I’ve always had a sensitivity to light.
I don’t mean in a Mogwai sort of way, but rather I’ve always felt aware of the feeling and mood that light plays around me.
I think this manifests in my photography when I favor single strong light sources for my subjects.
Particularly Rembrandt and side lighting.
This also manifests in my seething hatred for overhead fluorescent lighting and a general dislike for direct mid-day sunlight…
This is one of the reasons I am absolutely in love with the art of Pascal Campion.
Allow me to (ahem) illustrate why…
The Libre Graphics Meeting (LGM) is the annual meeting for creatives from across the Free/Libre project spectrum.
I’ve written about the previous meetings I was able to attend in Leipzig (2014) as well as London (2016).
It’s an amazing opportunity to meet with other Free/Libre Software users and projects.
I won’t be able to make it out to this year’s LGM (I seem to be on a sort of biennial schedule), but most of the GIMP team will be there!
So I have a favor to ask…
The Bus Factor for a project is usually defined as the minimum number of team members that would have to disappear (get hit by a bus) for a project to stall due to lack of knowledgeable people.
A low Bus Factor means that the loss of just a small number of people can stall out a project, while a high factor means there is some resiliency in the project.
This was how PIXLS.US was very early on with only myself writing for the site (Bus Factor of 1).
As soon as possible I tried to find others to help and also made sure the code was available on a public repository (along with being licensed liberally using Creative Commons BY-SA 4.0).
In the case of PIXLS.US for example, we aren’t doing too bad…
When we built the new website for www.gimp.org we moved from a homegrown build system to using Pelican, a Python based Static Site Generator.
That migration deserves its own post over on the GIMP website to talk about the process and the specific things we did to support the new site design, but we did use the migration as an opportunity to step up the security of the site substantially. (This was mostly due to the efforts and prodding of Michael Schumacher.)
Some of the responses in various places online were pretty normal for GIMP news (eg: full of vitriol), but there was one comment that questioned the inclusiveness of the project that I took exception with personally.
For almost a decade I had been using blogger to host my personal website.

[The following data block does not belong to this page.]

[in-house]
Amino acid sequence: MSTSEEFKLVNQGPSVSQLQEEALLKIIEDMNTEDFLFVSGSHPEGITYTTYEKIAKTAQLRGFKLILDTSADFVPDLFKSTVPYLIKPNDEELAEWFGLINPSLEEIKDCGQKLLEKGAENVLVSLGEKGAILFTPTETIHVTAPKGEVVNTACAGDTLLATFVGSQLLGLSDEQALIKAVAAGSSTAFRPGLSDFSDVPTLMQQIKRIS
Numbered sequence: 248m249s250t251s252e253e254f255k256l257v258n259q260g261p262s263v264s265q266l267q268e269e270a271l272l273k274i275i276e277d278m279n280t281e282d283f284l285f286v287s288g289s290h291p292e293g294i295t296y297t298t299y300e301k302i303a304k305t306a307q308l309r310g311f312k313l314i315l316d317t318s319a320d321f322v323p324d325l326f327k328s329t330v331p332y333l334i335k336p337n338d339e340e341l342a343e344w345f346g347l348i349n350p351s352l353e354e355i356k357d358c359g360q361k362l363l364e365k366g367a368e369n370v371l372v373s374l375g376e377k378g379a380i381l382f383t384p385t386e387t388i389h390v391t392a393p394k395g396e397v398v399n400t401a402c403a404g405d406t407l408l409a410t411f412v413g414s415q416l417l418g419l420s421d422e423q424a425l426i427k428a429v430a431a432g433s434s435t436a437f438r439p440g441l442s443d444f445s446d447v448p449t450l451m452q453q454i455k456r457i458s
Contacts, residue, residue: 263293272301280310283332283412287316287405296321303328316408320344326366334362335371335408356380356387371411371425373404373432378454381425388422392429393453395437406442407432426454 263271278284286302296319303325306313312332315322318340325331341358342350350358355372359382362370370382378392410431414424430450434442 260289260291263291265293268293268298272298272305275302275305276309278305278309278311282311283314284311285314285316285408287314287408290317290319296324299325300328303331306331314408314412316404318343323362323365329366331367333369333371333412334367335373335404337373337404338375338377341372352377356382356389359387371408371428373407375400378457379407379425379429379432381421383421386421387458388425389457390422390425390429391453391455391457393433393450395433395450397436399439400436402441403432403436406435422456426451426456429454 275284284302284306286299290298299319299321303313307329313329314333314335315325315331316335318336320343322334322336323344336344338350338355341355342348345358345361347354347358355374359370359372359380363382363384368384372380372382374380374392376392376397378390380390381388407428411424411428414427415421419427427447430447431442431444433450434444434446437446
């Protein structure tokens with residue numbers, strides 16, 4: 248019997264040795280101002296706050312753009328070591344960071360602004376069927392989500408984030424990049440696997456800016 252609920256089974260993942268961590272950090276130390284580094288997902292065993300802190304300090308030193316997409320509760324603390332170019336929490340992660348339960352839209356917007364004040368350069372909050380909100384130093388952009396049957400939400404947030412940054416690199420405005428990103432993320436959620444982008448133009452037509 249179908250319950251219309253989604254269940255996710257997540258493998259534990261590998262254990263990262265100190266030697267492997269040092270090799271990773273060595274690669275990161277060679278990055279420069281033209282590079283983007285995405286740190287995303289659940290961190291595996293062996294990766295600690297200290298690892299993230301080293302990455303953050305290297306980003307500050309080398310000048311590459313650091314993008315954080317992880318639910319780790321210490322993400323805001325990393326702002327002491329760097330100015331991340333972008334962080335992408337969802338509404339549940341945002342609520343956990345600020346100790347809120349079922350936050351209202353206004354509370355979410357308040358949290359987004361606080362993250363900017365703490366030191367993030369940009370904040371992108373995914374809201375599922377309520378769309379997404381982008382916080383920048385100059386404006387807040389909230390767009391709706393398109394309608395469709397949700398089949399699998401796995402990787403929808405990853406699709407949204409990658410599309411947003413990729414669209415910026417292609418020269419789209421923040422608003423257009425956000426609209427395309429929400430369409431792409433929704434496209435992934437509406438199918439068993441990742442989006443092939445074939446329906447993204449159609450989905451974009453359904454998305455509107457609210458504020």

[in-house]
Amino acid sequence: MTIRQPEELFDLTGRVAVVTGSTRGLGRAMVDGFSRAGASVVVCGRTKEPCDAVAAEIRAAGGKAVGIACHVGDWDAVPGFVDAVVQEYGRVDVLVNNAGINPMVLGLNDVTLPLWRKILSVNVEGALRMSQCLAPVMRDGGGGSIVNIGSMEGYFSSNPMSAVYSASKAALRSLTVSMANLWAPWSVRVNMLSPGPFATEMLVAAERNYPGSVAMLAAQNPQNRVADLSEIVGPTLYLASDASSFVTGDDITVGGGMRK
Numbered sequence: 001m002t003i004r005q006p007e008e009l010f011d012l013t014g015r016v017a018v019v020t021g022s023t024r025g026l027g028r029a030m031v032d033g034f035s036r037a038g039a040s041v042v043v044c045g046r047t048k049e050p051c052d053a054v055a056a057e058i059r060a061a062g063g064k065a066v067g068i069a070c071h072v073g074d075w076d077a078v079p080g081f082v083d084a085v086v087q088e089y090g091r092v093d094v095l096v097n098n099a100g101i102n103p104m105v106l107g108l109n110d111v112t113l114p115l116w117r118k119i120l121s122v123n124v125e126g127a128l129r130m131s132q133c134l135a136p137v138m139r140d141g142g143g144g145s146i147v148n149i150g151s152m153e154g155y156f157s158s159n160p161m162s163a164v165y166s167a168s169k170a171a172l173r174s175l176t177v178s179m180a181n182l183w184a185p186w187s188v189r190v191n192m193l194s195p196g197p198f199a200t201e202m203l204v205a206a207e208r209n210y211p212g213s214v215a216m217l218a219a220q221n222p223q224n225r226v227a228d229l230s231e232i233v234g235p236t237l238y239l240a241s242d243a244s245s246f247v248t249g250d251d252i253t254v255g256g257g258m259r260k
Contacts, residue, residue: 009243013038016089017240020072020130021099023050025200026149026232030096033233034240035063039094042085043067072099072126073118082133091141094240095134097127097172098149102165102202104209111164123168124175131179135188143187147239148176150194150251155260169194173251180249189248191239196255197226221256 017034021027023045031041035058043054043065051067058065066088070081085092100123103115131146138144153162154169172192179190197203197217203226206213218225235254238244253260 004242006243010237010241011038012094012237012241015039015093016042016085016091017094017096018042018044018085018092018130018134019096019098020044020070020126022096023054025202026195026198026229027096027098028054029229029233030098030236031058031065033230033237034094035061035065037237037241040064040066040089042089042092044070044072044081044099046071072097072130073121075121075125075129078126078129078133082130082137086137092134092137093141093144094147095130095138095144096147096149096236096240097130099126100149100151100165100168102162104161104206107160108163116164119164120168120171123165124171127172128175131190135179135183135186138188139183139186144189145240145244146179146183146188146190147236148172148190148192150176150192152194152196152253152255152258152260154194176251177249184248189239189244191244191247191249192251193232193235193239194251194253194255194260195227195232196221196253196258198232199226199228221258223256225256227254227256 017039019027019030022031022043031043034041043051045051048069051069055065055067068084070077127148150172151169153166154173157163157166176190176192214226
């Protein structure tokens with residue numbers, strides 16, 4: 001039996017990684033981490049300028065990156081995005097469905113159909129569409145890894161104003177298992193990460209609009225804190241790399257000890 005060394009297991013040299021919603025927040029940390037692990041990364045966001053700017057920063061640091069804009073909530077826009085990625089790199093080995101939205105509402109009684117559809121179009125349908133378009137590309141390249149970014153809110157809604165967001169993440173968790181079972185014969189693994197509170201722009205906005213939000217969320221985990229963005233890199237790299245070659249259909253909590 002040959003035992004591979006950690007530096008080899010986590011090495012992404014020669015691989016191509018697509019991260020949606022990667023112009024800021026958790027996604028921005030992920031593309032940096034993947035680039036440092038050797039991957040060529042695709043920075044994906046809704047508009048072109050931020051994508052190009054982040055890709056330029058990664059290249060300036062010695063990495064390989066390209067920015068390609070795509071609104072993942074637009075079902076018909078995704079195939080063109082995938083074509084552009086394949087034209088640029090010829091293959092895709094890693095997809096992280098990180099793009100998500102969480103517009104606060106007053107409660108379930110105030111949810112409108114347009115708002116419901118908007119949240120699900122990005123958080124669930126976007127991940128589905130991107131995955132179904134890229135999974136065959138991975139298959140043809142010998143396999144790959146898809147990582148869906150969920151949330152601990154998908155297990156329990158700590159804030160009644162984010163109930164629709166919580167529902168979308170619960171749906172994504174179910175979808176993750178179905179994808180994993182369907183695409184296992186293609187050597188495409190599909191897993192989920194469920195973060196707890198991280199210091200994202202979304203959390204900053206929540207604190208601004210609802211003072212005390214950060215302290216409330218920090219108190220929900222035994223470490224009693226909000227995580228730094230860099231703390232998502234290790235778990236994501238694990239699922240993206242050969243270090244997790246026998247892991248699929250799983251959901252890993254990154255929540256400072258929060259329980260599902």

That just didn’t seem to make sense any more, and I wanted an opportunity to fiddle with things a bit.
I thought it might be fun to put some constraints on designing a new site for myself while migrating to something better.
I’m leaving these images of P!nk that I used during my initial design and styling because I like them.
If I have to keep looking at temp images while fixing CSS rules, they might as well be ones I enjoy looking at.
(And I enjoy looking at them because they remind me of my wife - not the other way around…)
In case you’ve not noticed around here, I’ve been transitioning tutorials and photography related stuff over to PIXLS.US.
I built that site from scratch, so it’s taken a bit of my time… I’ve also been slowly porting some of my older tutorials that I thought would still be useful over there. I’ve also been convincing all sorts of awesome folks from the community to help out by writing/recording tutorials for everyone, and we’ve already got quite a few nice ones over there:
I checked the first post I had made on PIXLS.US while I was building it, and it appears it was around the end of August, 2014. I had probably been working on it for at least a few weeks before that. Basically, it’s almost been about 10 months since I started this crazy idea.
Finally, we are “officially” launched and live. Phew!
I don’t normally ask for things from folks who read what I write here. I’m going to make an exception this time. I spent a lot of time building the infrastructure for what I hope will be an awesome community for free-software photographers.
So naturally, I want to see it succeed. If you have a moment and don’t mind, please consider sharing news of the launch! The more people that know about it, the better for everyone! We can’t build a community if folks don’t know it’s there! :) (Of course, come by and join us yourselves as well!).
I’ll be porting more of my old tutorials over as well as writing new material there (and hopefully getting other talented folks to write as well).
Also, I want to take a moment to recognize and thank all of you who either donated or clicked on an ad. Those funds are what helped me pay for the server space to host the site as well as the forums, and will keep ads off the site. I’m basically just rolling any donations back into hosting the site and hopefully finding a way to pay folks for writing in the future. Thank you all!
David Tschumperlé has a blog over at OpenSource.graphics and it appears that after releasing G’MIC 184.108.40.206 he had some time to write down and share some thoughts about the last 10 months of working on G’MIC.
He covers a lot of ground in this post (as you can imagine for not having reported anything in a long time while working hard on the project). He talks about some neat new functionality and filters added like color curves in others colorspaces, comics colorization, color transfer (from one image to another), website for film emulation (yay!), foreground extraction, engrave, triangulation, and much more.
A short table of contents for the post:
The G’MIC Project : Context and Presentation
New G’MIC features for color processing
An algorithm for foreground/background extraction
Some new artistic filters
A quick view of the other improvements
Perspectives and Conclusions
David may not write as often as I think he should but when he does - he certainly does! :) Head over and check out the latest news on an awesome image processing framework!